Court hears challenge to Minnesota mail-in ballots extension

MINNEAPOLIS (AP) — A challenge to Minnesota's seven-day extension for counting absentee ballots received after Election Day went before an appeals court panel Tuesday, as attorneys for the Republican plaintiffs argued that leaving the extension intact could lead to the disqualification of thousands of votes that are received after Nov. 3.

In their appeal of a lower court's ruling upholding the extension, lawyers for Republican state Rep. Eric Lucero and GOP activist James Carson — who both would participate in the Electoral College if President Donald Trump carries Minnesota — signal that if the extension stays in place, any votes that arrive after Minnesota’s traditional Election Day cutoff would be challenged as being ineligible.

Attorney Andrew Grossman wrote in his appeal that if the extension is illegal, voters who rely on it "face the prospect that their votes will be tossed out through challenges on and after Election Day. By contrast, an injunction would define the rules of the election in advance so that voters can act accordingly and avoid total loss of their votes.”

But attorneys for Democratic Secretary of State Steve Simon argued that it's too close to Election Day to make changes and said blocking the extension would cause confusion, as the nearly 2 million people who requested absentee ballots were told their votes would count if they were postmarked by next Tuesday. As of last Friday, more than 500,000 of those ballots were still outstanding.

The issue ultimately could be decided by the Supreme Court, which last week upheld a Pennsylvania extension to count votes but on Monday declined to reinstate a Wisconsin extension.

Lucero and Carson have argued that Minnesota's extension would dilute their own votes, and that delays and extended litigation could threaten Minnesota's participation in the Electoral College if federal deadlines are not met.

Attorneys for the state say Lucero and Carson brought their lawsuit too close to the election. Jason Marisam, an attorney for Simon, told the judges that the state tried hard to resolve these issues in state court in August — before early voting began on Sept. 18.

“We thought the worst case scenario would be where we are now, arguing about this on the eve of an election,” Marisam said.

A majority of states require mail-in ballots to be received by Election Day, while others accept them days or even weeks later if they are postmarked by Election Day. Some states made changes after Democrats argued that the flood of absentee ballots due to the coronavirus pandemic made extensions necessary for this election. In Minnesota, a citizens group went to state court seeking the extension and a consent decree was approved in August.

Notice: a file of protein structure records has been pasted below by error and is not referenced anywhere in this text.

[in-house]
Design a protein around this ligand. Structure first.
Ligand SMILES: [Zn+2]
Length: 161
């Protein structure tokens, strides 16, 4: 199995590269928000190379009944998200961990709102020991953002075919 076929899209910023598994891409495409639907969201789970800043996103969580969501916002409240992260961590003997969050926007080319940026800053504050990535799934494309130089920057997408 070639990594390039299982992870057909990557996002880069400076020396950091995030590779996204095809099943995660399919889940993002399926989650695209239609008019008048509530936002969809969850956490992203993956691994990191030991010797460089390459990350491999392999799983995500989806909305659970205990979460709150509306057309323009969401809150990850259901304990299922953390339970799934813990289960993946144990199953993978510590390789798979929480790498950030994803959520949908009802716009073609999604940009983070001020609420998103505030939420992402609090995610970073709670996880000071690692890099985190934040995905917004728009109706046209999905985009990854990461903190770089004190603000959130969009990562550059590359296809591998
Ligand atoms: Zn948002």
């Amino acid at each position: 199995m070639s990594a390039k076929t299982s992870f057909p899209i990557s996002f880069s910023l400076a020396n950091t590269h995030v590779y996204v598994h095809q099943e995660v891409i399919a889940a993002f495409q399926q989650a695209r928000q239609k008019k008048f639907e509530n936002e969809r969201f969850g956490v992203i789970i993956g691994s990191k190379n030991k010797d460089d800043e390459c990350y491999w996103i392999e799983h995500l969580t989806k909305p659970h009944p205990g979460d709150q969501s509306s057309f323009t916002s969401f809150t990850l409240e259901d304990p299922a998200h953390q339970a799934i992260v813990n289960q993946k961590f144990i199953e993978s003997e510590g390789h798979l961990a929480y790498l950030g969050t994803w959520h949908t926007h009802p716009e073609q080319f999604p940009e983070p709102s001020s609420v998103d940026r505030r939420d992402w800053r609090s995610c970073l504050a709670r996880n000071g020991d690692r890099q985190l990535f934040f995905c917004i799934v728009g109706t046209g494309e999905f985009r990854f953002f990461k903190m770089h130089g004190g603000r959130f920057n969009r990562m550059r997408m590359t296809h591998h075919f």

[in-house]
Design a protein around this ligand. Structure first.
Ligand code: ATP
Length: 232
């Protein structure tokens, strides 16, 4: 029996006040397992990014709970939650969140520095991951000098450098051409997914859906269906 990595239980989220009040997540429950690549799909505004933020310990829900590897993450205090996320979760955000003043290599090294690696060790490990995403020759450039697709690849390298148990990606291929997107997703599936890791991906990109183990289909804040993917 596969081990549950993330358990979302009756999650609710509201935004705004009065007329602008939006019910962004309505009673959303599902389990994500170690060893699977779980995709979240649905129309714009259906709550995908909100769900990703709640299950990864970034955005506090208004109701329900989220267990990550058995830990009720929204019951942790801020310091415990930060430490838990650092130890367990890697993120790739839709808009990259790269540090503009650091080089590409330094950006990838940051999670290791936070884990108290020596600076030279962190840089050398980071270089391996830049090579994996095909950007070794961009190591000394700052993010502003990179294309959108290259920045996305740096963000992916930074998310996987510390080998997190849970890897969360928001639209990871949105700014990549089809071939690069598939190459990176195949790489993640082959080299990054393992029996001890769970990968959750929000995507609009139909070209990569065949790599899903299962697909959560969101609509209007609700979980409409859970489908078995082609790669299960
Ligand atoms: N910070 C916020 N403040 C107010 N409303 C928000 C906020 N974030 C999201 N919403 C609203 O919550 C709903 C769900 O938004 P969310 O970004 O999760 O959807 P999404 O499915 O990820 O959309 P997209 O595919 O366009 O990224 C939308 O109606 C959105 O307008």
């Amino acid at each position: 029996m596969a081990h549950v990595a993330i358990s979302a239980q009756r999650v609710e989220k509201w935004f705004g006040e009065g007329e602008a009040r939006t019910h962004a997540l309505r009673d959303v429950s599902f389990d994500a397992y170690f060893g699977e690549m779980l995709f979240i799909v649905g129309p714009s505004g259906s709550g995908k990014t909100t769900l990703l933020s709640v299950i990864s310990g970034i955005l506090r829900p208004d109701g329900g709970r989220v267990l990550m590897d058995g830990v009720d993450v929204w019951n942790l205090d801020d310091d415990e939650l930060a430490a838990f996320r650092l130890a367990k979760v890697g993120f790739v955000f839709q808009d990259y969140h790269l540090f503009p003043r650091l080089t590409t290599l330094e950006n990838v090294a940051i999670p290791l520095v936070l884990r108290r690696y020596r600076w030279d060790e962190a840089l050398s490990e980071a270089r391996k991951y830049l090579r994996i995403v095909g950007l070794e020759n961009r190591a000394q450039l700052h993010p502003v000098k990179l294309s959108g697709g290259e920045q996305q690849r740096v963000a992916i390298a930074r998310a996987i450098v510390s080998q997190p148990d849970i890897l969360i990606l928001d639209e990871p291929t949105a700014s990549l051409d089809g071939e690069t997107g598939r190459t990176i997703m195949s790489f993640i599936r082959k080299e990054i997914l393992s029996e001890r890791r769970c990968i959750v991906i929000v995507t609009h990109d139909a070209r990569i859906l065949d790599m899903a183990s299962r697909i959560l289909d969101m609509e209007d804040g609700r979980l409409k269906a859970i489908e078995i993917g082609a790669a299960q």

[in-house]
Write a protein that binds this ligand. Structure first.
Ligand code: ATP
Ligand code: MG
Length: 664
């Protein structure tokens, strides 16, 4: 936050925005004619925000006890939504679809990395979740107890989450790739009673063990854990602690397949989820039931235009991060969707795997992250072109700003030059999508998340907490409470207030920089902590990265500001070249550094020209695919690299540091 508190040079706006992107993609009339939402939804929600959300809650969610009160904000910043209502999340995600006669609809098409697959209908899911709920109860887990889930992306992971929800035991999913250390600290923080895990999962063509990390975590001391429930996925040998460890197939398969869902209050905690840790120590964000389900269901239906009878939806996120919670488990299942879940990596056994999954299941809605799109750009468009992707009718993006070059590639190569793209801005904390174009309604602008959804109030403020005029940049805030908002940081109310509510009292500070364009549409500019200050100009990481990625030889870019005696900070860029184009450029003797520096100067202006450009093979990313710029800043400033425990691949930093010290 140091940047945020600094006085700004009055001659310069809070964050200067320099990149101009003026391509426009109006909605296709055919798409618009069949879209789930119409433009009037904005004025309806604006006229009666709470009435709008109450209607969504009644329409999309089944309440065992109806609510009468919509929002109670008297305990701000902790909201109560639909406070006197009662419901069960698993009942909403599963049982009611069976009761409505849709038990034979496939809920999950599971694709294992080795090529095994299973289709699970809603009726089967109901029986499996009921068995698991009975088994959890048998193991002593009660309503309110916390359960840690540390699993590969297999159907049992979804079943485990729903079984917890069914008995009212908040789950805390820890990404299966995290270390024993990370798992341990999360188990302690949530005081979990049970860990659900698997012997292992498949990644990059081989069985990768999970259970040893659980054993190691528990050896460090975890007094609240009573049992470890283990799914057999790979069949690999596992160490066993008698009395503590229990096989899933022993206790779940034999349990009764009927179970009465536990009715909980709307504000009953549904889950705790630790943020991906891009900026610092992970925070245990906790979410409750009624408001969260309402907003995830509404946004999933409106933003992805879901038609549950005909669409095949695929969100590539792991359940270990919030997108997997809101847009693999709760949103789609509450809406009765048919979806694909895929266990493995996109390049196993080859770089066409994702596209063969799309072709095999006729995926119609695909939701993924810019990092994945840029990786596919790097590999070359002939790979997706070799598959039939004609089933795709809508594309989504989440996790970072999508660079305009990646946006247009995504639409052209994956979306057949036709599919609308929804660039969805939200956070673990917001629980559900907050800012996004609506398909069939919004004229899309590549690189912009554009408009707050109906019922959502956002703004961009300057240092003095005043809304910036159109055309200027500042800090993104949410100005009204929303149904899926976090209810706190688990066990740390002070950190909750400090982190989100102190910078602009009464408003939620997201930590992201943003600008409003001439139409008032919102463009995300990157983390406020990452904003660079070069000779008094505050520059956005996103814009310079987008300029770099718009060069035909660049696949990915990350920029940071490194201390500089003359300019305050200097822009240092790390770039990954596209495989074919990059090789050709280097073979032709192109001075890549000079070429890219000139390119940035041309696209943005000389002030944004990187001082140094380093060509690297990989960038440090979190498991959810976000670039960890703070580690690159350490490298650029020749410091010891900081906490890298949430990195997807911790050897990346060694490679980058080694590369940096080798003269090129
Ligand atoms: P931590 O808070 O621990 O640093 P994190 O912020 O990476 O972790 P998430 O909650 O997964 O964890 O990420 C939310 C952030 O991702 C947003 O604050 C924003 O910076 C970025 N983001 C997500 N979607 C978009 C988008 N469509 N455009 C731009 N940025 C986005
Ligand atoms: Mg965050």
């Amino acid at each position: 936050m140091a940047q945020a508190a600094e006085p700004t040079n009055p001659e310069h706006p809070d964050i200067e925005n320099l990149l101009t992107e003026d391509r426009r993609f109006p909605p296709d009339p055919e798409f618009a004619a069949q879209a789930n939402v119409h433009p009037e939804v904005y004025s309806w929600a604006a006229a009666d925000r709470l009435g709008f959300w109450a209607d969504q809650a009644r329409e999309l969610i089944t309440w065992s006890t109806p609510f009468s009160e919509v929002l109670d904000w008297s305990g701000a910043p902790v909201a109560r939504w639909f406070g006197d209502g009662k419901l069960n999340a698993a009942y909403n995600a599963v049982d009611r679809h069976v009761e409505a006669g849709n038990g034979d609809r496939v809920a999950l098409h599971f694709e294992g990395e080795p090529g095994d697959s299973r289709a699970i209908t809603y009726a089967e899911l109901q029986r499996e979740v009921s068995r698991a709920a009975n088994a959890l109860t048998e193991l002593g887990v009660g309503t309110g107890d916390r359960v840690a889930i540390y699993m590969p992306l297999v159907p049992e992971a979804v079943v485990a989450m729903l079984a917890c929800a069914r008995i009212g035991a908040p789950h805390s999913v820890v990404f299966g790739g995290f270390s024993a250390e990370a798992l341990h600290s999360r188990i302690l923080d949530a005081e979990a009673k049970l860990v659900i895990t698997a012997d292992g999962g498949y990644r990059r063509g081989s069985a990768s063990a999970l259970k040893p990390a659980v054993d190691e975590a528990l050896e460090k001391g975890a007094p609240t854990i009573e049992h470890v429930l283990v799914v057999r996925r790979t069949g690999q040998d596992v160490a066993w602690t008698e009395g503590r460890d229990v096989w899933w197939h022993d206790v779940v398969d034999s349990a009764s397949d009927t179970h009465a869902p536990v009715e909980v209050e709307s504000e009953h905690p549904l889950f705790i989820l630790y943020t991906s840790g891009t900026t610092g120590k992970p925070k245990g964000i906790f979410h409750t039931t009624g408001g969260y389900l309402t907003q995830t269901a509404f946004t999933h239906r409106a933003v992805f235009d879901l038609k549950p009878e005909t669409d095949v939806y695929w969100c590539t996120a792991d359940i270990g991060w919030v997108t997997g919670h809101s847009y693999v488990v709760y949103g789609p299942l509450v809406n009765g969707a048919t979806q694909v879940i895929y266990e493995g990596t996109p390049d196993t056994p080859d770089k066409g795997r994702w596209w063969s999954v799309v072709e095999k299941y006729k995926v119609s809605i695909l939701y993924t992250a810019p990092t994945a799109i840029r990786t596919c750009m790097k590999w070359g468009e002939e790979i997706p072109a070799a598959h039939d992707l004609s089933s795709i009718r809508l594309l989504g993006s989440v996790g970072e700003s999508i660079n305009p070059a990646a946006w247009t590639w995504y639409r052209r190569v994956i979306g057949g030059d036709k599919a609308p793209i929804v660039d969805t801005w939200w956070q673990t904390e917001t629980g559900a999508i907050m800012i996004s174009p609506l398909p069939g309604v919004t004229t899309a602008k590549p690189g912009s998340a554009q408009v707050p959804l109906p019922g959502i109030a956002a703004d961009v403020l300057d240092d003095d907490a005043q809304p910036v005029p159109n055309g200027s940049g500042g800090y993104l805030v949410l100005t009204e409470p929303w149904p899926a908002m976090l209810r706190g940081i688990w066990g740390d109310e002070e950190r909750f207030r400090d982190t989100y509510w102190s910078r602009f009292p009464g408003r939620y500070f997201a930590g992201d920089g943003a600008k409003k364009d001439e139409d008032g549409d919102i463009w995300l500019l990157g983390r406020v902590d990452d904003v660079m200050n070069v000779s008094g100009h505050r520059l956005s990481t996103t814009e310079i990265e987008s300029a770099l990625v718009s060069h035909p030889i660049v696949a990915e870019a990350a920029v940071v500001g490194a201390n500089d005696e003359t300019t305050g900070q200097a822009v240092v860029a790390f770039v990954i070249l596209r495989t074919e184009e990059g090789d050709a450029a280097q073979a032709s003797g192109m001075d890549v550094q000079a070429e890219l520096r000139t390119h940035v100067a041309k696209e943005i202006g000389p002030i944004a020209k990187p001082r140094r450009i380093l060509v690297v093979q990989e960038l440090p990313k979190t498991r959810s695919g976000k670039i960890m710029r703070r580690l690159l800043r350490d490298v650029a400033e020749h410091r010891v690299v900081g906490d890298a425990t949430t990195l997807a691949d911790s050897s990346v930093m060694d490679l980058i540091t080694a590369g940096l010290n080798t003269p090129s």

The state Republican Party and the Republican National Committee appealed to the Minnesota Supreme Court but dropped their appeal. Those groups and the Trump campaign waived their right to challenge the consent decree.

The appellate judges asked questions about Lucero's and Carson's standing as candidates for the Electoral College. Judge Jane Kelly questioned whether their relationship with the Trump campaign was one of “privity," meaning they were so intertwined that they would have to abide by the same agreement.

Grossman, an attorney for Lucero and Carson, said the two were appointed electors after the state case was resolved, so privity was not an issue at the time of the agreement.

Before the consent decree, state law required that absentee ballots be received by 8 p.m. on Election Day. Now, that’s the deadline for the postmark. The consent decree includes a provision that says if a mailed ballot is missing a postmark, election officials should presume it was mailed by Election Day unless evidence shows otherwise.

Lucero and Carson took issue with that presumption, saying it changes the date of the election. But state attorneys said it will ensure that voters aren't disenfranchised if they submit timely ballots that are not postmarked through no fault of their own.

“It is incredibly important that this presidential election, held during a once-in-a-century pandemic, goes as smoothly as possible. An order enjoining the postmark rule at this late date would cause confusion and interfere with orderly election administration," Marisam wrote.

Trump narrowly lost Minnesota in 2016 and vowed this year to become the first Republican to win the state since Richard Nixon in 1972. Recent polls have shown Democrat Joe Biden leading.


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